Today's News

  • Baseball/Softball: All-Star rosters announced

    Here are the rosters for the White Rock Little League and Los Alamos Little League All-Star teams:

    White Rock Juniors Baseball

    Zakary Coker

    Brandon Fuller

    Dylan Livermore

    Kurtis McCurdy

    Nick McCurdy

    James Milligan

    Benjamin Mitsunaga

    Benjamin Nelson

    Kyle Parks

    Sean Reardon

    Thomas Russell

    Tim Nelson, manager

    John Mitsunaga, coach

    Los Alamos Juniors Baseball

    Austin Aslin

    Nick Baker

    Alan Keeler

    Ryan Kniss

    Jin Park

    Kevin Smale

    Ethan Stam

    Henry Steinkamp

  • Baseball/Softball: All-Star tourneys start here tonight

    A pair of District 1 All-Star tournaments will be played this weekend in White Rock.

    The District 1 Majors softball tournament gets underway tonight at the Minors softball fields at Overlook Park, while the Juniors baseball tournament starts Saturday morning at Virchow Field.

    White Rock will be represented in the softball tournament, which has two games set for 6 p.m., while a White Rock team and a Los Alamos team will take part in the baseball tournament.

  • Our View: Power grid needs work now

    It was good to see that the county utilities department understands that our electric grid needs work. We only hope that things move along quickly.

    As anyone who has lived here for any length of time knows, the power goes off way too often. And it is more than just an inconvenience.

    At a public meeting this week at Fuller Lodge, John Arrowsmith, the new utilities director, and Steve Cummins, the deputy utilities manager, told the audience that over the next four years, the county will be fitted for a new electrical backbone.

  • But I digress: Constitutional wisdom

    We The People ... a beautiful sentiment, isn’t it? It was pure genius to use such simple words to launch such a powerful document. It took just three little words – written, by the way, in very large letters – to summarize the entire purpose for writing the document in the first place. Of course, I’m talking about the Constitution. It’s an amazing document.

    Ever read it?

  • Tested lab meets uncertain world

    On reflection, Los Alamos National Laboratory Director Michael Anastasio said Thursday there are positive lessons to be gained from his second year at the helm.

    “We had a pretty challenging year,” he said, mentioning specifically the budget problems and workforce reductions. “But we did a good job meeting those challenges.”

    Anastasio gave a talk to lab employees Thursday morning and made a round of media visits in the afternoon.

    As he did on the first anniversary last year, he saw it as a good time to look back and take stock.

  • Seeking weather spotters

    The National Weather Service is holding a SKYWARN Spotter training session for the public from 9 a.m.-noon July 15 at the Department of Homeland Security and Emergency Management in Santa Fe. The class is free of charge and just one session is required to become a certified SKYWARN Spotter.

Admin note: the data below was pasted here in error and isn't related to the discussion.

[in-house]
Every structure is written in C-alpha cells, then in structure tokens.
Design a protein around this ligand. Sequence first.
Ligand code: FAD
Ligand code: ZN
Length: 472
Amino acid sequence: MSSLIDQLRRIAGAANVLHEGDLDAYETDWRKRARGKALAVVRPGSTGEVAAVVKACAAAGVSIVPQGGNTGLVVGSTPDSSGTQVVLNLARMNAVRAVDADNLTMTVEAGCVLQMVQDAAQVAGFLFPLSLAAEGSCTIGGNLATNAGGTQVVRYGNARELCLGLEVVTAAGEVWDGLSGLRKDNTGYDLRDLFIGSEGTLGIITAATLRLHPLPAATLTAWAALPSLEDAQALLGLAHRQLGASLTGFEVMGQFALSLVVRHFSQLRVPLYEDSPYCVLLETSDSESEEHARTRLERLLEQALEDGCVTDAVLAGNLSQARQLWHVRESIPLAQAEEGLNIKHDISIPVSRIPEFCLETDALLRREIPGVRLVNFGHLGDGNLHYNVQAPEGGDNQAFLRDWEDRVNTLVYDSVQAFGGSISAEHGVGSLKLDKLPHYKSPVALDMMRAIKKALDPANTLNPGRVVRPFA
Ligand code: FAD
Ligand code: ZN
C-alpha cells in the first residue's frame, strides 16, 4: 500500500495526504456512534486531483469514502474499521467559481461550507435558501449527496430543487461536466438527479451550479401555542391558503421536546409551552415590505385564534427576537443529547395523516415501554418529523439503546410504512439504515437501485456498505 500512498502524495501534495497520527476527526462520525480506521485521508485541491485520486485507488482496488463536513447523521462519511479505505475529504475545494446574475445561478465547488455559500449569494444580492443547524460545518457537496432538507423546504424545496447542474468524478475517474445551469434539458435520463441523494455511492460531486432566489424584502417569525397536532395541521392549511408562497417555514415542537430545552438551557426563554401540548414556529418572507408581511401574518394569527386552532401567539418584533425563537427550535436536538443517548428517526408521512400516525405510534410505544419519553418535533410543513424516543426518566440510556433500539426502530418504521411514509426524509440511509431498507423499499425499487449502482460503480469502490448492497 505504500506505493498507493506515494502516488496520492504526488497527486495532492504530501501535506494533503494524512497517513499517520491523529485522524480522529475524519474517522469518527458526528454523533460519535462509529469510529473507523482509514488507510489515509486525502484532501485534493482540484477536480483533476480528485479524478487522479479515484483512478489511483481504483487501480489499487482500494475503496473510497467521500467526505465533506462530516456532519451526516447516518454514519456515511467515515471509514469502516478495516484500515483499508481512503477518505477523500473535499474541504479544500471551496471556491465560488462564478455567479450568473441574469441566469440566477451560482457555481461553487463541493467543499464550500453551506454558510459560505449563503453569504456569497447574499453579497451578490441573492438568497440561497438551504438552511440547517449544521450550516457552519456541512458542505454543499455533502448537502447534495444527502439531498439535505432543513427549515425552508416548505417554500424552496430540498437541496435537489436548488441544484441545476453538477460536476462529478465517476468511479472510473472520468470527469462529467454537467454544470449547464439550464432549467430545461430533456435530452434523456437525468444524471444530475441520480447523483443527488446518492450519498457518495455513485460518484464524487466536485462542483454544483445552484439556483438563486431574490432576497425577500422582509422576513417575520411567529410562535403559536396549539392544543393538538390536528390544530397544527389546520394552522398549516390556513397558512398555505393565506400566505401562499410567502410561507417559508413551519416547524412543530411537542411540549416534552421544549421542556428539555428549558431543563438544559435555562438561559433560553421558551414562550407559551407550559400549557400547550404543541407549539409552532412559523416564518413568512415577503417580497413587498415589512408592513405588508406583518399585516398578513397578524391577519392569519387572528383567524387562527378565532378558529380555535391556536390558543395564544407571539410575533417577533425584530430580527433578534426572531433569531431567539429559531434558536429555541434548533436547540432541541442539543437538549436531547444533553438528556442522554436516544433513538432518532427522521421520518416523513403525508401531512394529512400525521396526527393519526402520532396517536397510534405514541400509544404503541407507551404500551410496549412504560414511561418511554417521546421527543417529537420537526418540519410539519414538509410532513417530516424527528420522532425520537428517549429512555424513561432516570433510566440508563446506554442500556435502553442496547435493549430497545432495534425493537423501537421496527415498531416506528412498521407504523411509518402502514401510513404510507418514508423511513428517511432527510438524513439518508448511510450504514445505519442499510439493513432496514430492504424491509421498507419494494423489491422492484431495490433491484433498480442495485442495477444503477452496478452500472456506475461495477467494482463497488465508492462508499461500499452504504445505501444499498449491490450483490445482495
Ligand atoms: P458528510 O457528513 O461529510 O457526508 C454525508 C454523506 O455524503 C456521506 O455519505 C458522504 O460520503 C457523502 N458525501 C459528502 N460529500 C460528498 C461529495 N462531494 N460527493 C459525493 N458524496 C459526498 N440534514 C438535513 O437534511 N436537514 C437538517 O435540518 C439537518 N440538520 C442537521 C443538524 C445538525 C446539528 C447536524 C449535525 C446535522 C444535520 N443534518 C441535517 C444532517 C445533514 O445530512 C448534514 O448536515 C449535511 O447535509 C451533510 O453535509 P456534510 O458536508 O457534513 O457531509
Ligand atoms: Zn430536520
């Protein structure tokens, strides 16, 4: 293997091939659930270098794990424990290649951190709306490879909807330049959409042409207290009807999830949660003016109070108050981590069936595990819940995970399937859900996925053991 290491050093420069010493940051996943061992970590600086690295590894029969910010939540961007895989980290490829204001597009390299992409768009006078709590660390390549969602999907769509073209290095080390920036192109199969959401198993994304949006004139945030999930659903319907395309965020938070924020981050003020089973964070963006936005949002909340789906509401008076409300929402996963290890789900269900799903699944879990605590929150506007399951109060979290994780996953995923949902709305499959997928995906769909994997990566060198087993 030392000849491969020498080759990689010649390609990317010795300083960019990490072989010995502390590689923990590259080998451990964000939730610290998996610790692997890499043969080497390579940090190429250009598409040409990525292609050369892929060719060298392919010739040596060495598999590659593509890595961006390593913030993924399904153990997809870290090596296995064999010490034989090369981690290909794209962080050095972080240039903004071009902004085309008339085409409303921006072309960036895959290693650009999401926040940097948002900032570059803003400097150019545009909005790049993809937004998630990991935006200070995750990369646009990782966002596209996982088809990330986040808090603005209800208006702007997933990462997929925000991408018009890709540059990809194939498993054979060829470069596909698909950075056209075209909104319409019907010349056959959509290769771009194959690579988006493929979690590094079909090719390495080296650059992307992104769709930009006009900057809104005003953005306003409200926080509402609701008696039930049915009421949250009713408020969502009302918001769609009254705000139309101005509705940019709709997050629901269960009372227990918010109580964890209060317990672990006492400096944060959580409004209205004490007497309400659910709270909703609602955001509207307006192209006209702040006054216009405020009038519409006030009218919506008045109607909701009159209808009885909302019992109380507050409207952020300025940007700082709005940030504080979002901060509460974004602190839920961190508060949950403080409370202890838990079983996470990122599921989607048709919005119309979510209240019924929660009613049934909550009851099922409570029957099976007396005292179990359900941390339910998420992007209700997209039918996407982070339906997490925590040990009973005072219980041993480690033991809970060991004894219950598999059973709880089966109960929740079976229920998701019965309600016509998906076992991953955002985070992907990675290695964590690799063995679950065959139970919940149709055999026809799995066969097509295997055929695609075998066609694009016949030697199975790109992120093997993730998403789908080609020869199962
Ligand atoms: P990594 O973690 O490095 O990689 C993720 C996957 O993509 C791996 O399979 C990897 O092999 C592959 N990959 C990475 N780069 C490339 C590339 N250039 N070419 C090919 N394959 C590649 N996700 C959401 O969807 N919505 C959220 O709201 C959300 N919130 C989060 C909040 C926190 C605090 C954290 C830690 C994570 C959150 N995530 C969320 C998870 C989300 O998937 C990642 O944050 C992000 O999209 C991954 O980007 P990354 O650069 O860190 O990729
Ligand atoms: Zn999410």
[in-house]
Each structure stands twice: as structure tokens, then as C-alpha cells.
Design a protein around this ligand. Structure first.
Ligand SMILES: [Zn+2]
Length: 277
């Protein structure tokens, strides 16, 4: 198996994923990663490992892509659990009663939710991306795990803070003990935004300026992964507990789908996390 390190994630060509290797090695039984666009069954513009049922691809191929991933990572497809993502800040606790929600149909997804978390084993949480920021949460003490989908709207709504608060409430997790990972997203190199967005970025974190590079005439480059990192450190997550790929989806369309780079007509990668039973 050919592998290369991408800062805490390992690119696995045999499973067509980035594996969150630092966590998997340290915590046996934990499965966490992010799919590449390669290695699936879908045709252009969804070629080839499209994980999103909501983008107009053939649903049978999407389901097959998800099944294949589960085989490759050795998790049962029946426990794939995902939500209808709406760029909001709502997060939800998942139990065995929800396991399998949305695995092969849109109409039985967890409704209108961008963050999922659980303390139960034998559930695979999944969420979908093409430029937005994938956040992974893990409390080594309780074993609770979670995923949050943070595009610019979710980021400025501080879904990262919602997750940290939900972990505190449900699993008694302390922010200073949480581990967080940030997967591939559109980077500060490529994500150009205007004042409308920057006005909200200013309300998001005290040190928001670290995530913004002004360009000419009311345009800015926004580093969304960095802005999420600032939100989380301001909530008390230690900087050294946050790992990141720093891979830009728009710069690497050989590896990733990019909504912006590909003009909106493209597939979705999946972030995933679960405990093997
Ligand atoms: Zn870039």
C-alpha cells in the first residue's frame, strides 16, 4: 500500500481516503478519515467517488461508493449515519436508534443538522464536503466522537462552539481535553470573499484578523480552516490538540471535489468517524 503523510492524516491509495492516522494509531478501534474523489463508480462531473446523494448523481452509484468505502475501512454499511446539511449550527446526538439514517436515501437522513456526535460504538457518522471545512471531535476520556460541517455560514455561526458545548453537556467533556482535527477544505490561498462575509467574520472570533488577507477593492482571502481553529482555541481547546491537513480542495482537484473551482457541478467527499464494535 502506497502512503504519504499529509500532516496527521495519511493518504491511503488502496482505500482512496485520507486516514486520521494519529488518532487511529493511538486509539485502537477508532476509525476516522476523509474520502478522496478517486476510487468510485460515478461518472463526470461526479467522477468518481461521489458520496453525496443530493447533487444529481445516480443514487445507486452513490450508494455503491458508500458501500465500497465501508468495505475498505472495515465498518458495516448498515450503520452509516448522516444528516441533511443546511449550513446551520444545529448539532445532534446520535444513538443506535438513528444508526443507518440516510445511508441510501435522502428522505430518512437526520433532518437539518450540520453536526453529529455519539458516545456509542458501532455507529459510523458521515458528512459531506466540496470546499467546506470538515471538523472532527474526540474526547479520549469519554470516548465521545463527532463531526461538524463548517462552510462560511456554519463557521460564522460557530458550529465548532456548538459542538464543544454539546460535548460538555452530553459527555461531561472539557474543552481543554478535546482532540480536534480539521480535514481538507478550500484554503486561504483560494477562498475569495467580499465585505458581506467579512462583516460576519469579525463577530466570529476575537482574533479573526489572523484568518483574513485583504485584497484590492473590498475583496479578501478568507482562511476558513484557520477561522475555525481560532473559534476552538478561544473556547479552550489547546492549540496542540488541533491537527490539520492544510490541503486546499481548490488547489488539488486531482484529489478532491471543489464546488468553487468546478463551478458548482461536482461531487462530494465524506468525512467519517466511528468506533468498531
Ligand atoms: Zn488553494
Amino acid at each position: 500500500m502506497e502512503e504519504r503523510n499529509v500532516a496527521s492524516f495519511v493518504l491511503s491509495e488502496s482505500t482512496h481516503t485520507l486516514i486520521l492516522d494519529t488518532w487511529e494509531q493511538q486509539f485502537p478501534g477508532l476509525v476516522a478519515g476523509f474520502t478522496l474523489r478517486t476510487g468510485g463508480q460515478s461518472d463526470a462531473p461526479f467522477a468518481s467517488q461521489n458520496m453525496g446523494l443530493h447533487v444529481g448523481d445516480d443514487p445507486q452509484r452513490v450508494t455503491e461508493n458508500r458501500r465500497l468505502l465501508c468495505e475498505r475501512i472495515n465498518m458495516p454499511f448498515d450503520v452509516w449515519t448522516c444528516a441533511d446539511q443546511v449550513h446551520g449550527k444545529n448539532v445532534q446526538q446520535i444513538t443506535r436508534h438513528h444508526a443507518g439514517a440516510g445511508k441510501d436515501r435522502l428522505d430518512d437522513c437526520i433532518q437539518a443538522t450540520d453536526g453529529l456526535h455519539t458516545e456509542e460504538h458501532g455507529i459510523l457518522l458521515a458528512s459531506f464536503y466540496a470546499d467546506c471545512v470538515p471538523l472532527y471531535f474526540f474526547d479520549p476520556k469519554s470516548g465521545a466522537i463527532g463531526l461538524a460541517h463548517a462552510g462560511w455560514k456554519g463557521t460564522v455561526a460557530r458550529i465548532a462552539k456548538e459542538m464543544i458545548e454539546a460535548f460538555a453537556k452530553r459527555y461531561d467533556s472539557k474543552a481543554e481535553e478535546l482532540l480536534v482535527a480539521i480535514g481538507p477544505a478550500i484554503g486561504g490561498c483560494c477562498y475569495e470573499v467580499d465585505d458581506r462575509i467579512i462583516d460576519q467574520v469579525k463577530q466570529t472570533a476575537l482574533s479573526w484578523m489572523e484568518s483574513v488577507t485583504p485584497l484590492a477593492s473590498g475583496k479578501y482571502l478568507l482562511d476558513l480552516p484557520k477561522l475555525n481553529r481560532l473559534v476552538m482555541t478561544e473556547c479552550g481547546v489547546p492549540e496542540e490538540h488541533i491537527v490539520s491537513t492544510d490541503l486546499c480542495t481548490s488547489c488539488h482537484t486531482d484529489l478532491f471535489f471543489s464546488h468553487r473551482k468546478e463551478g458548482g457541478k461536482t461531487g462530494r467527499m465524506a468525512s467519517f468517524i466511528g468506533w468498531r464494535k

Los Alamos County Emergency Management Coordinator Philmont Taylor explained this morning that SKYWARN is a volunteer program with nearly 280,000 trained severe weather spotters.

  • FBI historian discusses Patriot Act evolution

    ALBUQUERQUE — As a young boy studying government in school, Stephan Marshall never imagined he would be dealing with the Fourth Amendment every day as an adult. Now, as chief division counsel and historian of New Mexico’s Federal Bureau of Investigation, Marshall has no doubts about its relevance, he recently told a class of FBI Citizens’ Academy participants as he explained the evolution of the USA Patriot Act.

  • Bond measure calls for win-win

    The school board met Thursday to discuss issues related to the 20-Year Facilities Renewal Plan, approval of the FY08-FY09 budget, and school policies dealing with length of teacher contracts, employee directory listings and student cell-phone use.

    “We had our fourth meeting with the county this week,” LAPS president Steve Girrens said. “It was a brainstorming session for possible ways to get assistance (for the 20-Year Facilities Renewal Plan). Some of the ideas range from what will be in it for both sides, it has to be a win-win.”

  • BANDELIER Some place: Tsankawi

    Tsankawi is an ancient Native American site containing unexcavated ruins dating from the 1400s. Within its scruffy surrounding landscape, there are immense views, foot-worn trails, cave-dwellings and petroglyphs.

    Located several miles north of the entrance to the main reaches of Bandelier National Monument, Tsankawi is a remote and detached section of the monument, easily missed on a first or second visit to the area.

  • Spotlight on Los Alamos: Making of the fourth edition

    In late 2005, an e-mail arrived from Sharon Snider, chair of the Los Alamos Historical Society Publications Committee. On its subject line was the message, “Make my day.” The third edition of my book, “A Guide to Bandelier National Monument,” was almost out of stock. Would I please supply the computer file so they could reprint it?

    No computer file existed. I had pasted-up all three previous editions by hand, the old-fashioned way. More importantly, Bandelier had changed so much that the book was no longer relevant.